Films in 2016: July

For most of July, I spent the month watching a bunch of movies starring or featuring Olivia de Havilland, as she was TCM’s Star of the Month in honor of her centennial. If I have time within the first couple of weeks, I’ll try to dedicate a post to some thoughts on the de Havilland films I watched. I’ve been quite busy this past week and am in the midst of moving out of state, as I got a job as a broadcast news producer! So I don’t know how much time I’ll have for blogging and movie-watching, but I did sign up for a number of blogathons in August (and I’d like to fulfill them). We’ll see how it goes once I’m settled in. For now, though, this post will be pretty short compared to my usual monthly wrap-ups.

New-to-Me: 23

Re-Watched: 11

New-to-Me Films by Decade:

  • 1920s – 0
  • 1930s – 6
  • 1940s – 3
  • 1950s – 6
  • 1960s – 2
  • 1970s – 4
  • 1980s – 1
  • 1990s – 0
  • 2000s – 1
  • 2010s – 0

List of New-to-Me Films:

  1. Anthony Adverse (1936)
  2. Born on the Fourth of July (1989)
  3. Naughty Marietta (1935)
  4. The L-Shaped Room (1962)
  5. Blonde Venus (1932)
  6. The Irish in Us (1935)
  7. They Died With Their Boots On (1941)
  8. Cast Away (2000)
  9. Ride Lonesome (1959)
  10. Call It a Day (1937)
  11. Looking for Mr. Goodbar (1977)
  12. Gold Is Where You Find It (1938)
  13. Devotion (1946)
  14. Lovely to Look At (1952)
  15. Medium Cool (1969)
  16. The Proud Rebel (1958)
  17. The Ambassador’s Daughter (1956)
  18. Thank Your Lucky Stars (1943)
  19. Red Sun (1971)
  20. The Wages of Fear (1953)
  21. The Fifth Musketeer (1979)
  22. The Swarm (1978)
  23. Libel (1959)

A Few Favorite Discoveries:

The Proud Rebel (1958)

The Proud Rebel (1958), directed by Michael Curtiz

One movie that stuck with me after watching it was The Proud Rebel, which was my favorite Olivia de Havilland discovery of the month. Starring Alan Ladd, this movie is somewhat similar to his most famous western Shane. Just like the 1953 film, this one has a young boy at the heart of the story, played by Ladd’s real-life son David Ladd. Throughout most of the film, the younger Ladd communicates through gestures and facial expressions as his character has become mute from a traumatic experience, and he portrays his emotions effectively. For his work on the film, he was recognized with two Golden Globe nominations for Best Supporting Actor and Most Promising Newcomer (Male) and won a special Golden Globe as the Best Juvenile Actor. The father/son bond between Alan and David Ladd is obviously authentic given their real-life relationship, but de Havilland brings it as well, and she has wonderful chemistry with the two actors. Unlike most westerns, this one has a lot of soft edges, and the story is very heartfelt.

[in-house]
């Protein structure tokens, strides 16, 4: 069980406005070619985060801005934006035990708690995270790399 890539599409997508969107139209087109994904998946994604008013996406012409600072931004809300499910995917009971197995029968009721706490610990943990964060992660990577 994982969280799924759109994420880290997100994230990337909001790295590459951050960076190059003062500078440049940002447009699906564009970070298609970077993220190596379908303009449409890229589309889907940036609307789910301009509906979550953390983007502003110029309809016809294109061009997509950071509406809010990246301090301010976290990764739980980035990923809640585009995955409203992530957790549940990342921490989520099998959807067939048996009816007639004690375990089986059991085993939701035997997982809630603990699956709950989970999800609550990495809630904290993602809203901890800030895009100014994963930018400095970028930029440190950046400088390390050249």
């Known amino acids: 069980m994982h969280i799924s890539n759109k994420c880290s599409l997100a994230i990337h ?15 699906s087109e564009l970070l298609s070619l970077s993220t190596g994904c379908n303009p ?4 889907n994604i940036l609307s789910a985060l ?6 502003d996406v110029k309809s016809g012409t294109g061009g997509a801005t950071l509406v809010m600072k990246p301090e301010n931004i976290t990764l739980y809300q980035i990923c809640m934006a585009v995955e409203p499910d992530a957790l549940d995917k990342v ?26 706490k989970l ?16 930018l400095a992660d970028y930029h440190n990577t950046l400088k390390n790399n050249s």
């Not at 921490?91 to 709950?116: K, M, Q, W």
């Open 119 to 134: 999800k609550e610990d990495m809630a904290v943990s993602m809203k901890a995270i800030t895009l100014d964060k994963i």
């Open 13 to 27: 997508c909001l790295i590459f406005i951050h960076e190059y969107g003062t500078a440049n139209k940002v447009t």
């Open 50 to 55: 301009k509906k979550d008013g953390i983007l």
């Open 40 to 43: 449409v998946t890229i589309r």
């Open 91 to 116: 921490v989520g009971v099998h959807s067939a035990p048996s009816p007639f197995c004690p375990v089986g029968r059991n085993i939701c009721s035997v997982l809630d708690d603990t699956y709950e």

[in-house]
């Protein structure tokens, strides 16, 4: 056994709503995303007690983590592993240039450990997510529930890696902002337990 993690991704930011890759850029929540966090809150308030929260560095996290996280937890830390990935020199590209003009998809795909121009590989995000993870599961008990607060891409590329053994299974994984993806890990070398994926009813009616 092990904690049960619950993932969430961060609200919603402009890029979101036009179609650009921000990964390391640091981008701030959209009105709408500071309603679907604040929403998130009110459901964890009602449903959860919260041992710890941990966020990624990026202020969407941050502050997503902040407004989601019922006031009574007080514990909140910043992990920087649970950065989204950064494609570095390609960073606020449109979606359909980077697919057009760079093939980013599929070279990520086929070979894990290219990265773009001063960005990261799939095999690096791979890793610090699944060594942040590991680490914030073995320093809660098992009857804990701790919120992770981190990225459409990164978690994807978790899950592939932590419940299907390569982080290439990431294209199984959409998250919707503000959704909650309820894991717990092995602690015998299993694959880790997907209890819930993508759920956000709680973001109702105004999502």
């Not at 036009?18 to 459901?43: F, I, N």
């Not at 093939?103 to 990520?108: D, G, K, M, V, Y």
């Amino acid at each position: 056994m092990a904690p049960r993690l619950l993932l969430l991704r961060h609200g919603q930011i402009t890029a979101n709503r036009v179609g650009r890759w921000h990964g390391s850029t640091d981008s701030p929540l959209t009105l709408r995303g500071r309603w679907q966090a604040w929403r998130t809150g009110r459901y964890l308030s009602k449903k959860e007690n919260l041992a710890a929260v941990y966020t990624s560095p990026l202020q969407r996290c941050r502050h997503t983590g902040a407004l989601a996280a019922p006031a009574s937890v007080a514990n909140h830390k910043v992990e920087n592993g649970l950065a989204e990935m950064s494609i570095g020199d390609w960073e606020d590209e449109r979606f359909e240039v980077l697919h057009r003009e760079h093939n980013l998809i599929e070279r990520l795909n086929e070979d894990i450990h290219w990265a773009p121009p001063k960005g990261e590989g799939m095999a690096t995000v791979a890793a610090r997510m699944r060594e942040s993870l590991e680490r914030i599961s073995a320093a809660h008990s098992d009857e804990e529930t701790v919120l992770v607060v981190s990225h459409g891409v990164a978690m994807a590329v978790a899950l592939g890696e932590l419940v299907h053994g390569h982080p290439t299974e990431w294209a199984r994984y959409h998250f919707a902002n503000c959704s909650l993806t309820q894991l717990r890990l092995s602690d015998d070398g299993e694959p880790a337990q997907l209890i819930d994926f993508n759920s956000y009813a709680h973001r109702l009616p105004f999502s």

The Wages of Fear (1953)

The Wages of Fear (1953), directed by Henri-Georges Clouzot

I posted my monthly entry for the 2016 Blind Spots series a few days ago on The Wages of Fear, another great film I watched this month. My thoughts on the film can be found here.

5 thoughts on “Films in 2016: July

    • Thank you Simoa! ❤ It’s been pretty good so far, the toughest part is mentally settling into a new area (especially because I’m 10 hours away from home/family so it’s been a lot to take in). And once I’ve got everything sorted out I plan on catching up on your posts at your new blog, looking forward to reading them!

Leave a Reply